Sustainable practices are the responsibility of all stakeholders, from government to corporations, to herders. As one of the world’s most vulnerable countries to climate change, boosting productivity of traditional nomadic livestock husbandry to mitigate over-grazing is equally crucial. Better preserving the land and water resources, including through sound environmental governance, is key to help ensure lasting livelihoods for herders.
For Mongolians, the impact of slowing economic growth has been real. Mongolia’s poverty rate dropped by almost a third in just two years during the boom, from 38.7 percent in 2010, to 27.4 percent in 2012. This is compared to a reduction of roughly a fifth during the slowdown between 2012 and 2014, standing at 21.6 percent as of 2014.
Disparities are emerging between urban, semi-urban and rural populations. The poverty rate is lowest in Ulaanbaatar with 16.9 percent and increases as remoteness increases with an average rate of 27.9 percent in rural districts. In Ulaanbaatar, which houses about half the country’s population, close to 60 percent of people and an increasing share of the poor live in the ger district on the outskirts of the city, without access to running water and the city’s central heating system. Increasing soil, water and air pollution are the consequence exposing populations in the capital city and especially in the ger district to health hazards. Achieving the MDG targets for clean water and sanitation remains an uphill battle. As of the 2013 population census, only 27.3 percent of the country’s population has ‘improved’ sanitation facilities and only 68.1 percent have ‘improved’ drinking water sources.
Despite these remaining challenges, Mongolia’s SDV goals and the SDGs can be met. With the youngest population in Northeast Asia, Mongolians aged 15-34 years old are the largest demographic group, accounting for more than a third of all citizens and providing a productive base for growth and domestic consumption. They are also increasingly well educated, with university and college enrollments jumping three-fold between 2000 and 2010. However, it is vital that education system is better aligned with employer needs, so this highly-educated base of young people can become a demographic dividend for the future. According to UNDP’s 2016 National Human Development report, young Mongolians today have a higher rate of unemployment, at about 17 percent for those aged 20-24 years old looking for jobs, compared to an average of 7.9 percent nationally.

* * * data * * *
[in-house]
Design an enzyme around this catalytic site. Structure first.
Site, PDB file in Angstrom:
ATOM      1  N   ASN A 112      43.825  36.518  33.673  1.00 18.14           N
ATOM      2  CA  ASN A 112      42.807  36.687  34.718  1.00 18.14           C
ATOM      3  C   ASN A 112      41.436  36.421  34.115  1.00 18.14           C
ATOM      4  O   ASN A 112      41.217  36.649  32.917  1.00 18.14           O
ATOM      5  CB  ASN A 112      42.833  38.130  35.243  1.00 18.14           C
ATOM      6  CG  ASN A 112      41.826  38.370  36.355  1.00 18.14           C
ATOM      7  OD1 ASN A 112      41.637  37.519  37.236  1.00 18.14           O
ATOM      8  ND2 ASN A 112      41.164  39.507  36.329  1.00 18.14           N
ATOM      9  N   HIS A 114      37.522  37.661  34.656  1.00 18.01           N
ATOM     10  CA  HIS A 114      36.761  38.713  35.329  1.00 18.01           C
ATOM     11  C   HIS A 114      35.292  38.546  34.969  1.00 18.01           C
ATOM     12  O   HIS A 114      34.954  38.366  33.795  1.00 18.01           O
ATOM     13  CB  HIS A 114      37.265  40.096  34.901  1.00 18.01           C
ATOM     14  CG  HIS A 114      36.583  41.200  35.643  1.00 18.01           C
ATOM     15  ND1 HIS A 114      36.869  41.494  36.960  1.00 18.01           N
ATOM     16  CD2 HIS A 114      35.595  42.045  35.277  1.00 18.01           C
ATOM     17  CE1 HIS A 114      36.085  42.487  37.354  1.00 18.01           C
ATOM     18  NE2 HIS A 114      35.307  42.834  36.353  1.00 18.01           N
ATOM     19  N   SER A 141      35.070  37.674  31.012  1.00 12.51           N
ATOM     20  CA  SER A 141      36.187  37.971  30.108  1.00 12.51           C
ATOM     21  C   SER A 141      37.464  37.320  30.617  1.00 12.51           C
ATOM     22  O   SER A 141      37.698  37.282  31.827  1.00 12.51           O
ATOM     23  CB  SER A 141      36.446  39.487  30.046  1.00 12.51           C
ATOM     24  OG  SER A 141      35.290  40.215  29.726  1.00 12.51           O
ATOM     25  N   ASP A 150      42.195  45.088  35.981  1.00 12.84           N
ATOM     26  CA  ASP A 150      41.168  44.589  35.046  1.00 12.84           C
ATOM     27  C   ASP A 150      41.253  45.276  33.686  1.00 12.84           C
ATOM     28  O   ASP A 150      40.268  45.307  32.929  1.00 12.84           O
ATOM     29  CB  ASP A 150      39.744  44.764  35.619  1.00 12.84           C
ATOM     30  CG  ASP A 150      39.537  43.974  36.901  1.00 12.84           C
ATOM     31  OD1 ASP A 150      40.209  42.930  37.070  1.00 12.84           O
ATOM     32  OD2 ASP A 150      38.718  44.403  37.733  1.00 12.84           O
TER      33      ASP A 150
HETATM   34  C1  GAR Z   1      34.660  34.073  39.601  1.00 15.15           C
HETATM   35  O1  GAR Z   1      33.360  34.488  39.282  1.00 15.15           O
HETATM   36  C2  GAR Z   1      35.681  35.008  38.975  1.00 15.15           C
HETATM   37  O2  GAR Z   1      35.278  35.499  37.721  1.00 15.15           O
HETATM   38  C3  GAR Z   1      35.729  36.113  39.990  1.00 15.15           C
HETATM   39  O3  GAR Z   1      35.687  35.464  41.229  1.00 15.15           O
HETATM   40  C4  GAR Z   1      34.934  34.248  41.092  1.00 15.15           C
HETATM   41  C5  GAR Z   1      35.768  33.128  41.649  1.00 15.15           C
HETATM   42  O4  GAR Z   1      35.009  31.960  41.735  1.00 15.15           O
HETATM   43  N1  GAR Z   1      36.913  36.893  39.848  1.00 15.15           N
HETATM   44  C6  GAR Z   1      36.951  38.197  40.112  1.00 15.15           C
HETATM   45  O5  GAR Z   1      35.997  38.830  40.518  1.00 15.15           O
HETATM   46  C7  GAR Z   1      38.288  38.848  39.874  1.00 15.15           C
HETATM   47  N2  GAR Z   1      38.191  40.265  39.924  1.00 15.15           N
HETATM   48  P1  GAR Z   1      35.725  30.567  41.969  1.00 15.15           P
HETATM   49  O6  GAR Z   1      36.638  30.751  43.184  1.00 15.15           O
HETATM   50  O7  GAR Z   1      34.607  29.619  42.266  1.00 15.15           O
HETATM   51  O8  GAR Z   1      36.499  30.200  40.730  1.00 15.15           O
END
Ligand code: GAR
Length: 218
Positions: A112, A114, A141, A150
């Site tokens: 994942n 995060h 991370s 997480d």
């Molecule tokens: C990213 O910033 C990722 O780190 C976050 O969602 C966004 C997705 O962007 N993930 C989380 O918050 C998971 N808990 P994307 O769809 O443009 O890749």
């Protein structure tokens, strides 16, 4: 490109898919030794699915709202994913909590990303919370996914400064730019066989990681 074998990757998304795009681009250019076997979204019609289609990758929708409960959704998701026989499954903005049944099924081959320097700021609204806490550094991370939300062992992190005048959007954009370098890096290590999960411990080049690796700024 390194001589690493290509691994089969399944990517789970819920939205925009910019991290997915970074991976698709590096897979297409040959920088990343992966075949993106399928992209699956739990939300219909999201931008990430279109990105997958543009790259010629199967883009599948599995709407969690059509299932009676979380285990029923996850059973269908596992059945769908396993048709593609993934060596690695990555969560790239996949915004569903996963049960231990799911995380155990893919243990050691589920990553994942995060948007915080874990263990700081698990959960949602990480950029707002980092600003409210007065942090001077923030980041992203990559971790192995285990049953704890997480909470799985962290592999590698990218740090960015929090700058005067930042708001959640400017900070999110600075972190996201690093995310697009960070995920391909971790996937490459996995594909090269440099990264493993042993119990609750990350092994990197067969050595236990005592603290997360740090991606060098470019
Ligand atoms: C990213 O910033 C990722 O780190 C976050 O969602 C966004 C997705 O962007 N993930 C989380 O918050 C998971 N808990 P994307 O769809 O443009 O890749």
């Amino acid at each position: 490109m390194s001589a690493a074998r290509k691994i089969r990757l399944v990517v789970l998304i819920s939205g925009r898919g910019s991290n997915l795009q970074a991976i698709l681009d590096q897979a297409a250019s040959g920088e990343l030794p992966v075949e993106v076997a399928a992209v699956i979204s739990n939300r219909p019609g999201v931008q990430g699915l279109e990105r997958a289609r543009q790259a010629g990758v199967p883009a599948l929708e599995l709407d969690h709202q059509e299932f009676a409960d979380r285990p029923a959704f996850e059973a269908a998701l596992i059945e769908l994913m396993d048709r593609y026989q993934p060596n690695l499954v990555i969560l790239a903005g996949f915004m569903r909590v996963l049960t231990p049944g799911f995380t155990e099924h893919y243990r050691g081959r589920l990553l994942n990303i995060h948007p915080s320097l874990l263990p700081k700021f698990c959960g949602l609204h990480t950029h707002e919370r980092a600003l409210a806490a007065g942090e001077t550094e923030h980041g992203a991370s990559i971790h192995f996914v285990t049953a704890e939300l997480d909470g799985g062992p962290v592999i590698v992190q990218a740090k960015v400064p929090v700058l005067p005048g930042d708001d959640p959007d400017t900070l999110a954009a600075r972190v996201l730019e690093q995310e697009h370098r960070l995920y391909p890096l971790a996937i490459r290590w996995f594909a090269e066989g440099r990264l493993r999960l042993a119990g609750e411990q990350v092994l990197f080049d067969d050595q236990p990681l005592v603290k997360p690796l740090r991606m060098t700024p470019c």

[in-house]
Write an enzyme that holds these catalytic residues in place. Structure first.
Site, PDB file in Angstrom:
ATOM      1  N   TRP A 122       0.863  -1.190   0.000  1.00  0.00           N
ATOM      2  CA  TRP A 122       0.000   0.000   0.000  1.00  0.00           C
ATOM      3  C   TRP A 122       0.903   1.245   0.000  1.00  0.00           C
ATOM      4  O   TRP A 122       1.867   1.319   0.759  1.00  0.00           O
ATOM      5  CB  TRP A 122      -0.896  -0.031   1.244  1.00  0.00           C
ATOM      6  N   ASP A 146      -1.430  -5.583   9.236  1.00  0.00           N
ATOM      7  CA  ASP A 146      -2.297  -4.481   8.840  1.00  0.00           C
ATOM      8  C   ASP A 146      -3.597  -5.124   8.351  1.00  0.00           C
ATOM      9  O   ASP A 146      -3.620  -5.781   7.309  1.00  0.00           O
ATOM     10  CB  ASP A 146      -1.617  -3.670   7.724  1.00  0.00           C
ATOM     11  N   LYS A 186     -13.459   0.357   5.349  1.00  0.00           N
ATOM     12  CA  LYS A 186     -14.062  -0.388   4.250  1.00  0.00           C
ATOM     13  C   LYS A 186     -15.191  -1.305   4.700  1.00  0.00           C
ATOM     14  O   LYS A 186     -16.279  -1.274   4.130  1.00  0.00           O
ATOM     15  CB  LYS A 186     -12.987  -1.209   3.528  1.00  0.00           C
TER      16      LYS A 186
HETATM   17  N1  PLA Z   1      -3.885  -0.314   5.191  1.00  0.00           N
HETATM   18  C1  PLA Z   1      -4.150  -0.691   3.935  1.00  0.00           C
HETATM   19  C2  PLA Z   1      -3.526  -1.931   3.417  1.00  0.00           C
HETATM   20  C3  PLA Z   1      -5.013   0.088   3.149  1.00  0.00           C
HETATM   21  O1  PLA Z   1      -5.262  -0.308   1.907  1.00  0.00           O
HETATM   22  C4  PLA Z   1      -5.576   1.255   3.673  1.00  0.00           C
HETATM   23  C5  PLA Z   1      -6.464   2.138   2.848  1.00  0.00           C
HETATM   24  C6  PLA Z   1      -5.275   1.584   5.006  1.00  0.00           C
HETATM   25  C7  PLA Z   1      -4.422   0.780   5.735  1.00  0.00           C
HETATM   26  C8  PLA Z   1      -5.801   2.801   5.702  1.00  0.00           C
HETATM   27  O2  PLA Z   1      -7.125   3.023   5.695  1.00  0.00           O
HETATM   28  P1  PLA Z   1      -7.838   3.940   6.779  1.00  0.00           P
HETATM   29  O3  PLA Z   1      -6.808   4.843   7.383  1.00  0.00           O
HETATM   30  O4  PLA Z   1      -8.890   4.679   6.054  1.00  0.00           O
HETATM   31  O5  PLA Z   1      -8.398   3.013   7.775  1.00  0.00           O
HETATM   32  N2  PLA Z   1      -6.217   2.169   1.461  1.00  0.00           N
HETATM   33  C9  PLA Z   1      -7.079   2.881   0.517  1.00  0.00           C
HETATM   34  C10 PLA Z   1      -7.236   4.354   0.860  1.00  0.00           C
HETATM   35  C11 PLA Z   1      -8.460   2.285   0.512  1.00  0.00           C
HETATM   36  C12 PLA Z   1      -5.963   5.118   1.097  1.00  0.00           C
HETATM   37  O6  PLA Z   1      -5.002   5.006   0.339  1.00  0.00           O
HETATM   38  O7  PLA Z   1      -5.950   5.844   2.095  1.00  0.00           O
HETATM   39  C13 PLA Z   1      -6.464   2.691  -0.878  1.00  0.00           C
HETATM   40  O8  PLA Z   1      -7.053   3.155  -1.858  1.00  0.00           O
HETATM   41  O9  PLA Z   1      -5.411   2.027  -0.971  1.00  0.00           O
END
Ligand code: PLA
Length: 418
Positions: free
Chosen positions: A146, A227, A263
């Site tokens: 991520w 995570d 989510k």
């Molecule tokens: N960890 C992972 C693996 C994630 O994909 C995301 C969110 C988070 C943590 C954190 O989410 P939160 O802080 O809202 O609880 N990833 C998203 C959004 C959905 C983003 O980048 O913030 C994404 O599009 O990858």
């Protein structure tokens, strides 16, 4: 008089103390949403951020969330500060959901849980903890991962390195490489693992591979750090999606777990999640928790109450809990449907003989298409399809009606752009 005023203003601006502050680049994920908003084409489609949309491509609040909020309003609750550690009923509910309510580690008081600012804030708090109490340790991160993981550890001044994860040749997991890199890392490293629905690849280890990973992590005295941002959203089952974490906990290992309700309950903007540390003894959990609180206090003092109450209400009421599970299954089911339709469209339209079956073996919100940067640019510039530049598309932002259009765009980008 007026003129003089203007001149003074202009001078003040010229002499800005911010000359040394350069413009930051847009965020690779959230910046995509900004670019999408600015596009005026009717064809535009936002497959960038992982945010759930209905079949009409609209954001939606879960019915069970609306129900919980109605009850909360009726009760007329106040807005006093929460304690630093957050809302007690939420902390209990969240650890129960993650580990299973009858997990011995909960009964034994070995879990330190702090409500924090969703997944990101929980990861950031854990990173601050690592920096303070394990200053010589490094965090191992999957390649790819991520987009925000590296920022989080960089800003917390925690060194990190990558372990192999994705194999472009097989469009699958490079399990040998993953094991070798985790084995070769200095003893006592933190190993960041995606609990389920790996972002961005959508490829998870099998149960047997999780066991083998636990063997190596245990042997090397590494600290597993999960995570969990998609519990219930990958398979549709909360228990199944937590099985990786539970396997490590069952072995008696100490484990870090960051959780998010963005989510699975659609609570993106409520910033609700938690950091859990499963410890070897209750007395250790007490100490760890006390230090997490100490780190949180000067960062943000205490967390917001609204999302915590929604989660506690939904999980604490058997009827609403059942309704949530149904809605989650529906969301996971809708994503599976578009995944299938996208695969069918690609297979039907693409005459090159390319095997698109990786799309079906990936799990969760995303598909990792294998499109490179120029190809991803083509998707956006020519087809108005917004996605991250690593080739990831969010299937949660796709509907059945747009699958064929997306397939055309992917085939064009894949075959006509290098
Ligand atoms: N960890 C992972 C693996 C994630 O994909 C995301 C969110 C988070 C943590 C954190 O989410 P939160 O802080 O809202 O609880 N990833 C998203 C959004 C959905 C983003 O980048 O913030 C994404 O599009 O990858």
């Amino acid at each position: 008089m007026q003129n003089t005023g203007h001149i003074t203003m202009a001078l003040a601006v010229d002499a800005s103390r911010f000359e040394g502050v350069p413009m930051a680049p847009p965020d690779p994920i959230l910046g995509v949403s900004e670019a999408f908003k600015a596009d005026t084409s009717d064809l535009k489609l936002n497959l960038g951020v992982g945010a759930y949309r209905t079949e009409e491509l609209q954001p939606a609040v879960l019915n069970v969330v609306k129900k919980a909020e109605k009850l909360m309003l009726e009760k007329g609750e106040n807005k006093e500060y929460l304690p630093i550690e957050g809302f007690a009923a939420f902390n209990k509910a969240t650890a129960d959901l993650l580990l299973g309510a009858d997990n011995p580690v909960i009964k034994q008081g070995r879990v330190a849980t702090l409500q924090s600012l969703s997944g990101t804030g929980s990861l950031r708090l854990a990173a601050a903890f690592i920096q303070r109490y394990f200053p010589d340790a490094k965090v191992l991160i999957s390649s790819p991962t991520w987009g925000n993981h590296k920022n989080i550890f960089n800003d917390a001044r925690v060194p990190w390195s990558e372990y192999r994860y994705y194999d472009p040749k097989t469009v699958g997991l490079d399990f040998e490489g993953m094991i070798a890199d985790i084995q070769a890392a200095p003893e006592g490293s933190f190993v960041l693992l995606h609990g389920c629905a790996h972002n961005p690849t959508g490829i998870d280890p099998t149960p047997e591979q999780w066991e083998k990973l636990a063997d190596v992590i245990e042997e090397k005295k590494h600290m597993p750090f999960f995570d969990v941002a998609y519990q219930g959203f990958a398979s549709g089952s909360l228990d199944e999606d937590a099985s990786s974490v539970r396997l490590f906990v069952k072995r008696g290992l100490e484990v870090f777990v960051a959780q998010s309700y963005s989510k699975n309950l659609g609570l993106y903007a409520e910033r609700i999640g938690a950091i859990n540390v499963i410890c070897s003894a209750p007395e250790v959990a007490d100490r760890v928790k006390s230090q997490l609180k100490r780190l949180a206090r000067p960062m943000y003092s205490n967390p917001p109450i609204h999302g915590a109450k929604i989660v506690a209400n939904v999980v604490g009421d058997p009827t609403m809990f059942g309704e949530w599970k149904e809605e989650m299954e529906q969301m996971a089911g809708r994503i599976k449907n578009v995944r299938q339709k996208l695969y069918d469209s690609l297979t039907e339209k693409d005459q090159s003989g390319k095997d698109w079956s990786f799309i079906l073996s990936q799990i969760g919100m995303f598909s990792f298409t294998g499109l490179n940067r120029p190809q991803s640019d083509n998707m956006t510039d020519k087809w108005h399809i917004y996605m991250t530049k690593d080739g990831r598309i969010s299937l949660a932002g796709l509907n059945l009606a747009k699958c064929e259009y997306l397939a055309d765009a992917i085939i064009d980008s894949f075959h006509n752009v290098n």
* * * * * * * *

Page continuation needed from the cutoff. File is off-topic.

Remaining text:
In June, the Government of Mongolia and the UN signed the UN Development Assistance Framework (UNDAF) for 2017-2021, to guide UN support in the country over the next five years and support Mongolia in translating its SDV into action. Fourteen UN agencies will work together to roll out $79 million in joint initiatives that will encourage programmes and policies to tackle poverty, boost jobs, and protect Mongolia’s natural resources and environment.
However, private sector contributions are also essential, through public-private partnerships, technology and capital. The UN estimates that two-thirds of the funds needed to meet SDGs globally must come from corporations. Consequently, encouraging FDI through stable and conducive policy environments is critical.
Mongolia’s potential is great – it has the natural and human resources needed to develop rapidly in the years to come. What is needed is the right public policy mix and prioritising government as well as private sector investments behind the SDGs to make development inclusive, equitable and sustainable so that all Mongolians can benefit from the nation’s progress. The UN stands ready to support Mongolia in this journey.